According to U.S. News and World Report Rankings, dentists rank #2 in best healthcare jobs, #10 in best paying jobs, and #4 in best STEM jobs. If you’re planning to recruit a dentist for your company or private practice, it’s mission-critical to keep this context in mind—a dentist’s first career decision will often determine his or her career trajectory for life.
Establishing a practice takes time and dedication, and it’s a well-established trend that dentists are unlikely to switch jobs down the road. In 2020 and beyond, recruiters will face an added challenge of a dental industry job market that’s growing faster than other sectors due to high pay, quality of life on the job, and the impacts of medical innovation—such as 3D printing, augmented reality, and tele-dentistry —that are becoming commonplace in practices.
To hire the best dentists for your organization, you’ll need to fight hard to win them over. The decisions you make now, as a recruiter, have the potential to impact your company, group, or corporation for decades. That means building a magnetic employer brand that positions your organization as an employer of choice.
At Prodent Search, our team keeps a close eye on dental industry trends, particularly among recent graduates who are making their first—and potentially final—career decisions. Corporations, groups, and private practices are competing with a world of options to reach the best and brightest. We’ve found that becoming a first-choice employer is a far from easy task that takes time. To plant seeds that will help dental practices grow in the long-run, recruiters need to focus on the following:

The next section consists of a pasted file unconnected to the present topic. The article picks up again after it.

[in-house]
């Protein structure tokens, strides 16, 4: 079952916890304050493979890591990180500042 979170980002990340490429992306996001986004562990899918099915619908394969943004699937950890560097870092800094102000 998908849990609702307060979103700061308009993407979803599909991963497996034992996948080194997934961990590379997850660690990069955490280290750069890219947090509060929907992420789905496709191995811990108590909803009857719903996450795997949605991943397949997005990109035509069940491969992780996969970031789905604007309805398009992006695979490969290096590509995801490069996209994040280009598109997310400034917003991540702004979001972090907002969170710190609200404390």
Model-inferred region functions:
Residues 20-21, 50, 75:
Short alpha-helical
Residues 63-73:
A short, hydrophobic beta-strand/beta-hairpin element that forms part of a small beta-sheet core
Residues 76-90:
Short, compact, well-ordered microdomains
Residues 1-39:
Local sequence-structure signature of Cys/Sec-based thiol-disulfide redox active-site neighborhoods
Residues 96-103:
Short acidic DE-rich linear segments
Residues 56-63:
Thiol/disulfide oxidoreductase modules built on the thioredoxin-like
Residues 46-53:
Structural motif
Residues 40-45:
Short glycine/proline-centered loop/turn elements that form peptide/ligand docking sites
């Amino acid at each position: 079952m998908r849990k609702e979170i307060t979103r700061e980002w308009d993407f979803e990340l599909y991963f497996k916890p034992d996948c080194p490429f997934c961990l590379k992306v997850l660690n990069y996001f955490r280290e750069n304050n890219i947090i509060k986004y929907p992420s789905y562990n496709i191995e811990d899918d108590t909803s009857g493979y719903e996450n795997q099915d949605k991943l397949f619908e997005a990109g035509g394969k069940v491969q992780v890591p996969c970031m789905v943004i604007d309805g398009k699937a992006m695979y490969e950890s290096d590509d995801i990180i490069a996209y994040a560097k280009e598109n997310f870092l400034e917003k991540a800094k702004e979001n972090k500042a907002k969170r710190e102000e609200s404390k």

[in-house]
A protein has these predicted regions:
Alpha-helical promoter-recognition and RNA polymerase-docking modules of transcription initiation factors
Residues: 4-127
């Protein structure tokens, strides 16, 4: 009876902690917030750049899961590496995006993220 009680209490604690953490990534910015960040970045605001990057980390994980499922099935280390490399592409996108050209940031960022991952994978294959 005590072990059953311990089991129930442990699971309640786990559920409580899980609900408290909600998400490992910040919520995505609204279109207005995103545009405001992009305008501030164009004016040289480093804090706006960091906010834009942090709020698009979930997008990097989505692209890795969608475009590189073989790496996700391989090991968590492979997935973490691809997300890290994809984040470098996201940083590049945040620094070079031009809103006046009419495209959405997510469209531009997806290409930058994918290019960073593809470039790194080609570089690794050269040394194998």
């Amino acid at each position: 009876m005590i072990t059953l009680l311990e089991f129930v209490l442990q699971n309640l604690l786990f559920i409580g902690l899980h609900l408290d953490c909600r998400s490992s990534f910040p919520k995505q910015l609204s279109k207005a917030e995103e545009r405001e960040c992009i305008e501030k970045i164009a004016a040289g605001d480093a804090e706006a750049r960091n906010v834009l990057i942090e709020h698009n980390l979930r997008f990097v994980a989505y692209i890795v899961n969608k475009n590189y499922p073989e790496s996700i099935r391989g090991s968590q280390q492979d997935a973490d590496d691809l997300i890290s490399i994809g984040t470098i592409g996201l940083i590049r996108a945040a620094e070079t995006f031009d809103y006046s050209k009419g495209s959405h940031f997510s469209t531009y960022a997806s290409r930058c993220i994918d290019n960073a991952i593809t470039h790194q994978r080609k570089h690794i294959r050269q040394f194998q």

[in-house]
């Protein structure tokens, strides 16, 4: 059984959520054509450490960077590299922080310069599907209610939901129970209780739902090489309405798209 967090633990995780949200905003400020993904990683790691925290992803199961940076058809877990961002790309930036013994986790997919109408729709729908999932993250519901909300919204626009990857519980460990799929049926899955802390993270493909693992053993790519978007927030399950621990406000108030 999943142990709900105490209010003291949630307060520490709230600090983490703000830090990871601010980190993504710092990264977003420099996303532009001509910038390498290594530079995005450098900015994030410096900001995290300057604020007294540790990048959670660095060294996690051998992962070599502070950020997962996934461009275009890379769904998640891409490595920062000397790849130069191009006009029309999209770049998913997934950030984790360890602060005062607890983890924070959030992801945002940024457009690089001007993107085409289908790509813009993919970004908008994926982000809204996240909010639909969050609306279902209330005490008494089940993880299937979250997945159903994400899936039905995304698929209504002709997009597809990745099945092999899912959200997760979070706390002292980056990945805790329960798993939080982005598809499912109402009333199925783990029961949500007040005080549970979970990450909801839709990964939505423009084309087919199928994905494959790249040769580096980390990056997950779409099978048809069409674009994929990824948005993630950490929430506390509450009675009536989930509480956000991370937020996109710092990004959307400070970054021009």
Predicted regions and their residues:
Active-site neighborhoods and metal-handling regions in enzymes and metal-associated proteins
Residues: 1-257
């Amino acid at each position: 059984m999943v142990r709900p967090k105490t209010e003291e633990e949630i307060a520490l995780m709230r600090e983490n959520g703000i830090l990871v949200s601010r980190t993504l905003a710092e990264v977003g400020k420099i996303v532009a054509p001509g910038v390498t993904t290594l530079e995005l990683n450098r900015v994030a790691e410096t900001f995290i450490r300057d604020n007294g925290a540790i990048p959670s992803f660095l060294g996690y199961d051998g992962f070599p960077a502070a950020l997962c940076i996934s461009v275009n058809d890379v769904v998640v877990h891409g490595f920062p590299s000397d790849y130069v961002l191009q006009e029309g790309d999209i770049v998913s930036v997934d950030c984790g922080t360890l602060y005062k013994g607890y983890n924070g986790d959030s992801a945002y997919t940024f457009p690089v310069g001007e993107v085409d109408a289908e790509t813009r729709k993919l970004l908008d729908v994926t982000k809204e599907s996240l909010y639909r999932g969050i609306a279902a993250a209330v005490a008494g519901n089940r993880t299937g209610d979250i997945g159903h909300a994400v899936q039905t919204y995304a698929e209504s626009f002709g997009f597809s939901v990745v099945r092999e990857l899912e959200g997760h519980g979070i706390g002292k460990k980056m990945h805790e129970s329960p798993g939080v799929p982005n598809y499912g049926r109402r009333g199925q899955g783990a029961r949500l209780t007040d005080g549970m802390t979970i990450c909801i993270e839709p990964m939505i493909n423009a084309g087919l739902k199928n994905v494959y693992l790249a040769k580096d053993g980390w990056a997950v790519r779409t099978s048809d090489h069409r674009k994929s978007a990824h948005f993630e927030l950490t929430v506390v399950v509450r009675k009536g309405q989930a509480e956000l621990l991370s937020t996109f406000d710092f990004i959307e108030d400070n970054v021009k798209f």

1. Provide candidates with a high-touch recruiting experience
Your budget, on-campus presence, and industry reputation is only part of the formula for sourcing, screening, and hiring the right individual. Especially in today’s digital age, every interaction counts—and in a candidate-driven market, it’s important that every touchpoint leaves a lasting, positive impression. Giving each candidate the attention that he or she deserves is easier said than done, however. For large groups and corporations, bureaucracy often means that hiring cycles are slow. Meanwhile, smaller private practices hire dentists so infrequently that they don’t have structured protocols for engaging with candidates. As a result, rare and exceptional candidates often fall through the cracks.
One way to solve this challenge is to work with an established recruiting partner.
Dental recruiting agencies have established, repeatable, and scalable processes that ensure quality interactions throughout the entire recruiting lifecycle, from candidate sourcing to hiring. As an example, you can learn about Prodent’s aggressive, high-touch, and tested methodology here.
2. Appeal to family values
Our team at Prodent Search has found that for dentists, choosing a job is often a family decision. It’s common for candidates, at all life and career stages, to bring their spouses—and sometimes, their children—to locations where they are considering accepting a job. One way that dental practices can stand out is to demonstrate empathy for candidates’ family members. There are a few resources that you can provide to help make the decision-process easier: